The Thoughts Must Flow

The short preamble to this is:  I have seen the new Dune movie adaptation, and I have thoughts!

The longer preamble includes that I saw Dune the day it landed in theatres.  However, in a way that has perhaps never happened to me before, while watching it I was so in my head about what I was seeing and comparing it to both Lynch’s 1984 Dune adaptation as well as what I remembered of the novel (which I have since re-read) that I didn’t feel I could really trust many of my impressions on the film, especially as it related to storytelling and execution.  So I had to see it again, and I did, during the recent long weekend.

And seeing it again did make a difference!  I was present and could more properly take in the movie for what it was.  That said… I still wouldn’t fully trust myself to critique it’s overall storytelling and cinematic qualities.  I’ve still got too much familiarity with the greater material.  For what it’s worth, the first time around I found the movie disjointed and the narrative clunky; on second viewing, I didn’t find it as bad.  I’ve been hungrily seeking out the experiences of others, especially those who were coming to it without much knowledge of the universe and story, to hear how it landed for them.  Amusingly, that has also been a mixed bag, with some friends who also found the experience disjointed and others for whom it was fine.  One friend, who came in with little familiarity, found the storytelling alright but perhaps not the overall narrative, as by the end they weren’t really clear on the grander machinations of the houses and the universe and what was going on beyond the plot points of the main characters.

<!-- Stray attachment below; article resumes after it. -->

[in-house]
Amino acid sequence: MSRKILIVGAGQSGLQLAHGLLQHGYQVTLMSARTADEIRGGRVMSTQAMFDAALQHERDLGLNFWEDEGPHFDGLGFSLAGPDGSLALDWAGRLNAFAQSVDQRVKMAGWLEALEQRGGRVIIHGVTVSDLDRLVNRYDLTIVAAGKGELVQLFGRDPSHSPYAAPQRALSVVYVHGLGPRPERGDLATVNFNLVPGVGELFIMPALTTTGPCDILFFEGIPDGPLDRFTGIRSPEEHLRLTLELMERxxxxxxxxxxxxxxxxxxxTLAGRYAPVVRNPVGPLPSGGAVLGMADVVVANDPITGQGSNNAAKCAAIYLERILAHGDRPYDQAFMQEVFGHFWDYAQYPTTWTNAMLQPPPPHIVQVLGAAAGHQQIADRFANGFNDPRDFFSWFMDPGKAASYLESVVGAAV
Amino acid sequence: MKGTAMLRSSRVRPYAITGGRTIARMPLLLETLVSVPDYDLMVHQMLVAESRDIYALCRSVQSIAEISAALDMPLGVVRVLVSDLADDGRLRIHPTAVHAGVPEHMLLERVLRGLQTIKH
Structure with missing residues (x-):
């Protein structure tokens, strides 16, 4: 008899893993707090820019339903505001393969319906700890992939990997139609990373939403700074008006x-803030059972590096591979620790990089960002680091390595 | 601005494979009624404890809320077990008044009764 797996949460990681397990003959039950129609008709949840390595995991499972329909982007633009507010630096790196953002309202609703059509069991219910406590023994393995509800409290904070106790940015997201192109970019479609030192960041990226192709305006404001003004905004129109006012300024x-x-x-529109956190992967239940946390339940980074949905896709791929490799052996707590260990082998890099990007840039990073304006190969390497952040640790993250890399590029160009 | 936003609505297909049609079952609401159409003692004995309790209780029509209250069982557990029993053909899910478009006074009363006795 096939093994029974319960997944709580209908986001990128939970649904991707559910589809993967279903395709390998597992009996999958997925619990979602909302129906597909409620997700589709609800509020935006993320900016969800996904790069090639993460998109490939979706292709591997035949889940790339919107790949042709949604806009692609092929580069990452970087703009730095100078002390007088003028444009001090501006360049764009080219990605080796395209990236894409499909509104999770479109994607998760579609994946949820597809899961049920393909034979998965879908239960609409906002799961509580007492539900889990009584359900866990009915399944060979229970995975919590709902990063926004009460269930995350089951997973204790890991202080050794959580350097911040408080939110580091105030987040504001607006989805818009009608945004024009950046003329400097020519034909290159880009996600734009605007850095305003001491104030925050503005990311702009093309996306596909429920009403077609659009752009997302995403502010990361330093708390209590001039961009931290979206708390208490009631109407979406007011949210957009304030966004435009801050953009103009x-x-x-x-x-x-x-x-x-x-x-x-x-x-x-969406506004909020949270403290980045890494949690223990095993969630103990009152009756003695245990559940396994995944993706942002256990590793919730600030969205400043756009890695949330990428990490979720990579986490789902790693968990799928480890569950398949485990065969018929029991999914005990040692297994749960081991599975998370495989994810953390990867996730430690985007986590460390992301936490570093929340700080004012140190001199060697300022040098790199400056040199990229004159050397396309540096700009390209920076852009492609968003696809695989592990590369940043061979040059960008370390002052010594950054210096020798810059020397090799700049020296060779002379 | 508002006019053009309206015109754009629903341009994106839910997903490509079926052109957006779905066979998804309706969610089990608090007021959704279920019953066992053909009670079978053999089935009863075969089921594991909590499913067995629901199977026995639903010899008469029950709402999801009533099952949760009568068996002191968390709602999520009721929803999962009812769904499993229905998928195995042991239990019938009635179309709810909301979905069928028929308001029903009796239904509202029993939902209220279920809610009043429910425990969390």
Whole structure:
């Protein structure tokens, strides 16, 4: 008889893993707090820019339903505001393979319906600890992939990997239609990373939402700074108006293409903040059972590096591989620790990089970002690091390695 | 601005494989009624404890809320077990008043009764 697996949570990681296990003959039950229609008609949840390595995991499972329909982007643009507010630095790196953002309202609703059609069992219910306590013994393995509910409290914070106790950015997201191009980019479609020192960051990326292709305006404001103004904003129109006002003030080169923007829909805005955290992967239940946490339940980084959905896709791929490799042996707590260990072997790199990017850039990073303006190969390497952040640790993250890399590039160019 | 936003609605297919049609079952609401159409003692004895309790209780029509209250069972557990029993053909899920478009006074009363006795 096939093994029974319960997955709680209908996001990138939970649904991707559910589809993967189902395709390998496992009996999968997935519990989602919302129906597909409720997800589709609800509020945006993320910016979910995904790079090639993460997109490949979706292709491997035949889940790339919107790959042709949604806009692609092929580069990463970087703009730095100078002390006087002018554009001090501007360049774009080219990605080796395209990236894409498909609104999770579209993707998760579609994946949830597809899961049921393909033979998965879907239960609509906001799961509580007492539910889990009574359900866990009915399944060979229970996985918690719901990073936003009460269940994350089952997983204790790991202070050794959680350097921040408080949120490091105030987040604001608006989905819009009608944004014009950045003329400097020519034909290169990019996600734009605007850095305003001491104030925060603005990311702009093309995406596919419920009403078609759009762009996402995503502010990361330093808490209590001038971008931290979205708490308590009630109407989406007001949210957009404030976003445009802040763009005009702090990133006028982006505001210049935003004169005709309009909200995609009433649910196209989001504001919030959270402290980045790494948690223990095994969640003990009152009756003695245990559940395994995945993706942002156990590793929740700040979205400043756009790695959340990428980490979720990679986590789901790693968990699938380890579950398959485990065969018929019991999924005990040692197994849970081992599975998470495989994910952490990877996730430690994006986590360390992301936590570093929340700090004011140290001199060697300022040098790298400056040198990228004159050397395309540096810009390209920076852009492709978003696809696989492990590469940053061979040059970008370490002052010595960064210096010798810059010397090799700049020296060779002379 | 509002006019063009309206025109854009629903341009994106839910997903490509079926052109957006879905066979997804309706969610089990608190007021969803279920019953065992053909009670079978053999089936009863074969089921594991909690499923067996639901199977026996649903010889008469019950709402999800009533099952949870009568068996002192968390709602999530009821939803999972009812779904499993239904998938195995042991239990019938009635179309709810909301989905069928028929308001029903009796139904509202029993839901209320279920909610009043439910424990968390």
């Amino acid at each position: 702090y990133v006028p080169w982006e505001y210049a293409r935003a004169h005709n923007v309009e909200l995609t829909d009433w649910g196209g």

So I’m going to leave to the side whether, in isolation, the story and storytelling of this movie works. That still, however, leaves me with plenty of things I’d love to discuss around the adaptation, including the visuals and aesthetics.  So here we go!

  • One of the big issues in adaptation is that Dune the novel is quite dense, operating with many different through lines at once. It’s got intricate politics and small unit action.  It’s got prominent characters and thousand-year organizations.  It works in specifics and in metaphor.  It’s exploring many themes, trading in certain standard tropes while also working to hold them up to a mirror and even subvert them.  It’s many things!  How do you fit that into a movie?  (Or two, which this fortunately is doing.)  Well, for good or for ill, this adaptation focusses on Paul and Jessica.  Which is a strong enough choice, for they are the characters we spend the most time with in the novel.  And their relationship as mother and son is a common storytelling vehicle that is easy to tap into as a grounding point.  The downside, however, is that the movie leaves many other characters, and many other plot lines, lessened or eliminated entirely.